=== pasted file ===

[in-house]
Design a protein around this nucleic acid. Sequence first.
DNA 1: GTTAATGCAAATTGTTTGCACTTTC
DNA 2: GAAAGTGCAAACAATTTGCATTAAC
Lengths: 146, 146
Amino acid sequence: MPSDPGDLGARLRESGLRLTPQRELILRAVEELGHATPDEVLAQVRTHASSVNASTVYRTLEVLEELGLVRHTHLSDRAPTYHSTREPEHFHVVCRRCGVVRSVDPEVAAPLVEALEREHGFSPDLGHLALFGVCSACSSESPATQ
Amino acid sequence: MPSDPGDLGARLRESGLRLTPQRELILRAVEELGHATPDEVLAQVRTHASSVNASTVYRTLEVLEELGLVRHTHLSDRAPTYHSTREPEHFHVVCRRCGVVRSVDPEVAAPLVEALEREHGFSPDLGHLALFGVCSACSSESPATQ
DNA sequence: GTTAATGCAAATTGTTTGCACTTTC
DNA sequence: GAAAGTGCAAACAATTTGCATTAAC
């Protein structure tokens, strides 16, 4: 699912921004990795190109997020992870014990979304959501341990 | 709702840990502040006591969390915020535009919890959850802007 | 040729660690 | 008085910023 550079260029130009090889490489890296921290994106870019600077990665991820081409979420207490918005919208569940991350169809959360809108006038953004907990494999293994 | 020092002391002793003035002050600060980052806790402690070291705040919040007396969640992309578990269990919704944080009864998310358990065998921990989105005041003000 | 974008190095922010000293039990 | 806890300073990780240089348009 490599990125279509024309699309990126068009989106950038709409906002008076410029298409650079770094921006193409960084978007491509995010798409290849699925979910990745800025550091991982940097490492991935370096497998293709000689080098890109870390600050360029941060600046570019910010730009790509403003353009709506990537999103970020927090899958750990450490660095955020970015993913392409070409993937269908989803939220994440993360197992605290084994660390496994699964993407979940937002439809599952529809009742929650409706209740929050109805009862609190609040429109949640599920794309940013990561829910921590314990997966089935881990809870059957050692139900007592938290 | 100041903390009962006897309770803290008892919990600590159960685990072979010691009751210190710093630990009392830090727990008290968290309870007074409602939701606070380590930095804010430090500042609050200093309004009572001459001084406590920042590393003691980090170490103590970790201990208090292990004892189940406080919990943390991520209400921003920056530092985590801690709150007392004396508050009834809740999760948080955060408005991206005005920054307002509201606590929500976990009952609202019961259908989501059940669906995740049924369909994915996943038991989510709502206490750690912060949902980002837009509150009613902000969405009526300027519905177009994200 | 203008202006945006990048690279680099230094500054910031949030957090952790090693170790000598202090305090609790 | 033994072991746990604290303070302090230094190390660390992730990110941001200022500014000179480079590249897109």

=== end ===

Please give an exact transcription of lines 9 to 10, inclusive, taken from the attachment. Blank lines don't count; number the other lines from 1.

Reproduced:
DNA sequence: GAAAGTGCAAACAATTTGCATTAAC
């Protein structure tokens, strides 16, 4: 699912921004990795190109997020992870014990979304959501341990 | 709702840990502040006591969390915020535009919890959850802007 | 040729660690 | 008085910023 550079260029130009090889490489890296921290994106870019600077990665991820081409979420207490918005919208569940991350169809959360809108006038953004907990494999293994 | 020092002391002793003035002050600060980052806790402690070291705040919040007396969640992309578990269990919704944080009864998310358990065998921990989105005041003000 | 974008190095922010000293039990 | 806890300073990780240089348009 490599990125279509024309699309990126068009989106950038709409906002008076410029298409650079770094921006193409960084978007491509995010798409290849699925979910990745800025550091991982940097490492991935370096497998293709000689080098890109870390600050360029941060600046570019910010730009790509403003353009709506990537999103970020927090899958750990450490660095955020970015993913392409070409993937269908989803939220994440993360197992605290084994660390496994699964993407979940937002439809599952529809009742929650409706209740929050109805009862609190609040429109949640599920794309940013990561829910921590314990997966089935881990809870059957050692139900007592938290 | 100041903390009962006897309770803290008892919990600590159960685990072979010691009751210190710093630990009392830090727990008290968290309870007074409602939701606070380590930095804010430090500042609050200093309004009572001459001084406590920042590393003691980090170490103590970790201990208090292990004892189940406080919990943390991520209400921003920056530092985590801690709150007392004396508050009834809740999760948080955060408005991206005005920054307002509201606590929500976990009952609202019961259908989501059940669906995740049924369909994915996943038991989510709502206490750690912060949902980002837009509150009613902000969405009526300027519905177009994200 | 203008202006945006990048690279680099230094500054910031949030957090952790090693170790000598202090305090609790 | 033994072991746990604290303070302090230094190390660390992730990110941001200022500014000179480079590249897109």